DCSIMG

How to prepare for IELTS Writing Task 2

If you’re preparing for your IELTS test and want to know more about what’s in the exam, you’ve come to the right place! In this blog, we explain everything you need to know to about the Writing section of your IELTS test, and in particular Writing Task 2.

About the Writing section of the IELTS test

The IELTS test is split up into four areas, Speaking, Listening, Reading and Writing.

You are given 60 minutes in total to complete the Writing section of the test, with two tasks to finish in that time. It is recommended that 20 minutes is spent on Writing task 1, then the final 40 minutes on Writing task 2.

Writing Task 2

Whether you are taking the Academic or General Training IELTS test, your exam paper will have a section called ‘Writing Task 2’. For both test types, you will be expected to write 250 words on your provided topic.

There are various types of IELTS task 2 questions, see below for three examples:

Task 2: Example Questions

Example 1:

“Some people believe that teaching children at home is best for a child’s development while others think that it is important for children to go to school.

Discuss the advantages of both methods and give your own opinion. Give reasons for your answer and include any relevant examples from your own knowledge or experience.

Write at least 250 words.”

 

Example 2:

In many countries today there are a lot of highly qualified graduates who are unemployed.

What factors may have caused this situation and what, in your view, can/should be done about it?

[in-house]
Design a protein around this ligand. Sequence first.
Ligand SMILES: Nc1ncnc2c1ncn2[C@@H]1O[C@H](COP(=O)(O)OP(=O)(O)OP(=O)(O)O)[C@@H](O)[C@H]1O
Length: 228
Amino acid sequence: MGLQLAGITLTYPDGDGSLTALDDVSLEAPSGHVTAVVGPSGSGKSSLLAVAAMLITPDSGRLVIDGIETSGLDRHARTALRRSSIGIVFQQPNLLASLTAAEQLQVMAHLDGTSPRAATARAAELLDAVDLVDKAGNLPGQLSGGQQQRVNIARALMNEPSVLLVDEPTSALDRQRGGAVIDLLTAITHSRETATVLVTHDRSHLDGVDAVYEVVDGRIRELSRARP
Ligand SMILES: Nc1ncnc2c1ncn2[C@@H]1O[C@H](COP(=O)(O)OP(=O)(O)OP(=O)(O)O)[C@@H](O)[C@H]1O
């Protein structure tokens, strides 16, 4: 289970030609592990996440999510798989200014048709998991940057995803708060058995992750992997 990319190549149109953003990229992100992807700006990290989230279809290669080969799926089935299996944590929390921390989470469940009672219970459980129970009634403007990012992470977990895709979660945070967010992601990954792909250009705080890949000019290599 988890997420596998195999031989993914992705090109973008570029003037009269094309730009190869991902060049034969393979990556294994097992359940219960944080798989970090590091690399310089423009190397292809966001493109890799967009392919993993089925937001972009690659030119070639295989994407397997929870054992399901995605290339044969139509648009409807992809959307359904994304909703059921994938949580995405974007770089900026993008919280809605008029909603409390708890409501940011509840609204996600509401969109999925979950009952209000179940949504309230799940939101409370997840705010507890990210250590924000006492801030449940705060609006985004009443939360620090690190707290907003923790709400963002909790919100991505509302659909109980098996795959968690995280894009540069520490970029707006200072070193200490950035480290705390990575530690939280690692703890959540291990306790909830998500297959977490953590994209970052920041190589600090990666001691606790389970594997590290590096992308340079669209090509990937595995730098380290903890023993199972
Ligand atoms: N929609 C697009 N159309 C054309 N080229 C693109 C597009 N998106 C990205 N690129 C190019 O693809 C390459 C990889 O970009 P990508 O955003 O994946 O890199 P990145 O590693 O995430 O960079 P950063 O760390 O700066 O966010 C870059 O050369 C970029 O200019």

Give reasons for your answer and include any relevant examples from your own knowledge or experience.

Write at least 250 words.

 

Example 3:

Some people think that having a set retirement age (e.g. 65 years) for everybody, regardless of occupation, is unfair. They believe that certain workers deserve to retire and receive a pension at an earlier age.

Do you agree or disagree?

Which types of workers do you think should benefit from early retirement?

Give reasons for your answer and include any relevant examples from your own knowledge or experience.

Write at least 250 words.

Notice that for all question types, you need to write at least 250 words and that you have to give reasons for your answers and support these by giving examples. Giving reasons and example is especially important as these will help you to write enough to words that are required for the task (250 words).

How is your IELTS Writing Task 2 Marked?

Your writing submission is marked by a trained IELTS examiner. The examiner will assess you on four key areas:

  • Task achievement
  • Coherence and cohesion
  • Lexical resource
  • Grammatical range and accuracy

Some questions to consider for each marking criteria are:

  • Task achievement: Have you covered the points of the question (e.g. If you are asked to give advantages and disadvantages, have you provided both?) If you asked to give your opinion, have you done so?  Have you given reasons for your points and have you provided relevant examples? Have you written the required number of words?